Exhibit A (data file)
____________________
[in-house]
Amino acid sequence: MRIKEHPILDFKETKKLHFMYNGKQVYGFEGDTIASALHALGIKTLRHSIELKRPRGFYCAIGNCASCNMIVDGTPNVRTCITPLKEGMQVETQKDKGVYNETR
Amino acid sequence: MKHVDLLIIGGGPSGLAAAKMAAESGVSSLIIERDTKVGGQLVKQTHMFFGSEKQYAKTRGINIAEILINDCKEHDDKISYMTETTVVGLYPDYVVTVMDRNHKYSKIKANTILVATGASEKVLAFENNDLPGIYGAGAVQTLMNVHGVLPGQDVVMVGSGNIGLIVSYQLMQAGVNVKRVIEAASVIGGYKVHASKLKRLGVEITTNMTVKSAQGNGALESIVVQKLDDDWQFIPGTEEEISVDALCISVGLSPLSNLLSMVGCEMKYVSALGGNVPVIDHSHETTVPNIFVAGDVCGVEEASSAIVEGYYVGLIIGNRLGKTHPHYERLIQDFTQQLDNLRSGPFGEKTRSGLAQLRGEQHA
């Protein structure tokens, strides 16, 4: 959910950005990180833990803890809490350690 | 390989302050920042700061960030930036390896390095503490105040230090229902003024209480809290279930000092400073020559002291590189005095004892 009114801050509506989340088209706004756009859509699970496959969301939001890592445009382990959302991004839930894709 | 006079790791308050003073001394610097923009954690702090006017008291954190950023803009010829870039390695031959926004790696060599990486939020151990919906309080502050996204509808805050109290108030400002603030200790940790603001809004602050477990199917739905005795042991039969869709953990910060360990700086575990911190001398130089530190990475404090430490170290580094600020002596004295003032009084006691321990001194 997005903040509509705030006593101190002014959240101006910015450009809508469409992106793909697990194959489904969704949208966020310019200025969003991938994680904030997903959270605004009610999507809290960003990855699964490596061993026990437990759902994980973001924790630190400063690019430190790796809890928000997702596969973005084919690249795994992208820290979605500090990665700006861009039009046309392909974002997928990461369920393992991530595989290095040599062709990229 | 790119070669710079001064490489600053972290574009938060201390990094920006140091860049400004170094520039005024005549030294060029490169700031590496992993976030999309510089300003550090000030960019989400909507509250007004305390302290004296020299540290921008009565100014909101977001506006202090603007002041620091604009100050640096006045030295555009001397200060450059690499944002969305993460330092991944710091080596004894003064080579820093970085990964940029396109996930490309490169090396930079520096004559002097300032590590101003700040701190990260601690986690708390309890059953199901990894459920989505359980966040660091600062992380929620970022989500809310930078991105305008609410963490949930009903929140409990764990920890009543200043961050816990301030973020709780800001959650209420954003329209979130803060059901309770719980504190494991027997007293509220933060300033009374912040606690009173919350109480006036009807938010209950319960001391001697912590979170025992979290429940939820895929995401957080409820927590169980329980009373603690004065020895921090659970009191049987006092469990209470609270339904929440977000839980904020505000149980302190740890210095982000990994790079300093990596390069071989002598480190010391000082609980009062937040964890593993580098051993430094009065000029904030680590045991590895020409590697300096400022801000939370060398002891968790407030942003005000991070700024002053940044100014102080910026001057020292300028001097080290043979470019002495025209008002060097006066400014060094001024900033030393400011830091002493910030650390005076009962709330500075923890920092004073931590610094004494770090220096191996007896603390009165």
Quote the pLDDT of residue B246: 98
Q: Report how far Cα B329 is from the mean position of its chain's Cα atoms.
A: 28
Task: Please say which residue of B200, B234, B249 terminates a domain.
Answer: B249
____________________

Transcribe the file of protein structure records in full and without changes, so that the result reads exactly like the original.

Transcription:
[in-house]
Amino acid sequence: MRIKEHPILDFKETKKLHFMYNGKQVYGFEGDTIASALHALGIKTLRHSIELKRPRGFYCAIGNCASCNMIVDGTPNVRTCITPLKEGMQVETQKDKGVYNETR
Amino acid sequence: MKHVDLLIIGGGPSGLAAAKMAAESGVSSLIIERDTKVGGQLVKQTHMFFGSEKQYAKTRGINIAEILINDCKEHDDKISYMTETTVVGLYPDYVVTVMDRNHKYSKIKANTILVATGASEKVLAFENNDLPGIYGAGAVQTLMNVHGVLPGQDVVMVGSGNIGLIVSYQLMQAGVNVKRVIEAASVIGGYKVHASKLKRLGVEITTNMTVKSAQGNGALESIVVQKLDDDWQFIPGTEEEISVDALCISVGLSPLSNLLSMVGCEMKYVSALGGNVPVIDHSHETTVPNIFVAGDVCGVEEASSAIVEGYYVGLIIGNRLGKTHPHYERLIQDFTQQLDNLRSGPFGEKTRSGLAQLRGEQHA
């Protein structure tokens, strides 16, 4: 959910950005990180833990803890809490350690 | 390989302050920042700061960030930036390896390095503490105040230090229902003024209480809290279930000092400073020559002291590189005095004892 009114801050509506989340088209706004756009859509699970496959969301939001890592445009382990959302991004839930894709 | 006079790791308050003073001394610097923009954690702090006017008291954190950023803009010829870039390695031959926004790696060599990486939020151990919906309080502050996204509808805050109290108030400002603030200790940790603001809004602050477990199917739905005795042991039969869709953990910060360990700086575990911190001398130089530190990475404090430490170290580094600020002596004295003032009084006691321990001194 997005903040509509705030006593101190002014959240101006910015450009809508469409992106793909697990194959489904969704949208966020310019200025969003991938994680904030997903959270605004009610999507809290960003990855699964490596061993026990437990759902994980973001924790630190400063690019430190790796809890928000997702596969973005084919690249795994992208820290979605500090990665700006861009039009046309392909974002997928990461369920393992991530595989290095040599062709990229 | 790119070669710079001064490489600053972290574009938060201390990094920006140091860049400004170094520039005024005549030294060029490169700031590496992993976030999309510089300003550090000030960019989400909507509250007004305390302290004296020299540290921008009565100014909101977001506006202090603007002041620091604009100050640096006045030295555009001397200060450059690499944002969305993460330092991944710091080596004894003064080579820093970085990964940029396109996930490309490169090396930079520096004559002097300032590590101003700040701190990260601690986690708390309890059953199901990894459920989505359980966040660091600062992380929620970022989500809310930078991105305008609410963490949930009903929140409990764990920890009543200043961050816990301030973020709780800001959650209420954003329209979130803060059901309770719980504190494991027997007293509220933060300033009374912040606690009173919350109480006036009807938010209950319960001391001697912590979170025992979290429940939820895929995401957080409820927590169980329980009373603690004065020895921090659970009191049987006092469990209470609270339904929440977000839980904020505000149980302190740890210095982000990994790079300093990596390069071989002598480190010391000082609980009062937040964890593993580098051993430094009065000029904030680590045991590895020409590697300096400022801000939370060398002891968790407030942003005000991070700024002053940044100014102080910026001057020292300028001097080290043979470019002495025209008002060097006066400014060094001024900033030393400011830091002493910030650390005076009962709330500075923890920092004073931590610094004494770090220096191996007896603390009165």
Quote the pLDDT of residue B246: 98
Q: Report how far Cα B329 is from the mean position of its chain's Cα atoms.
A: 28
Task: Please say which residue of B200, B234, B249 terminates a domain.
Answer: B249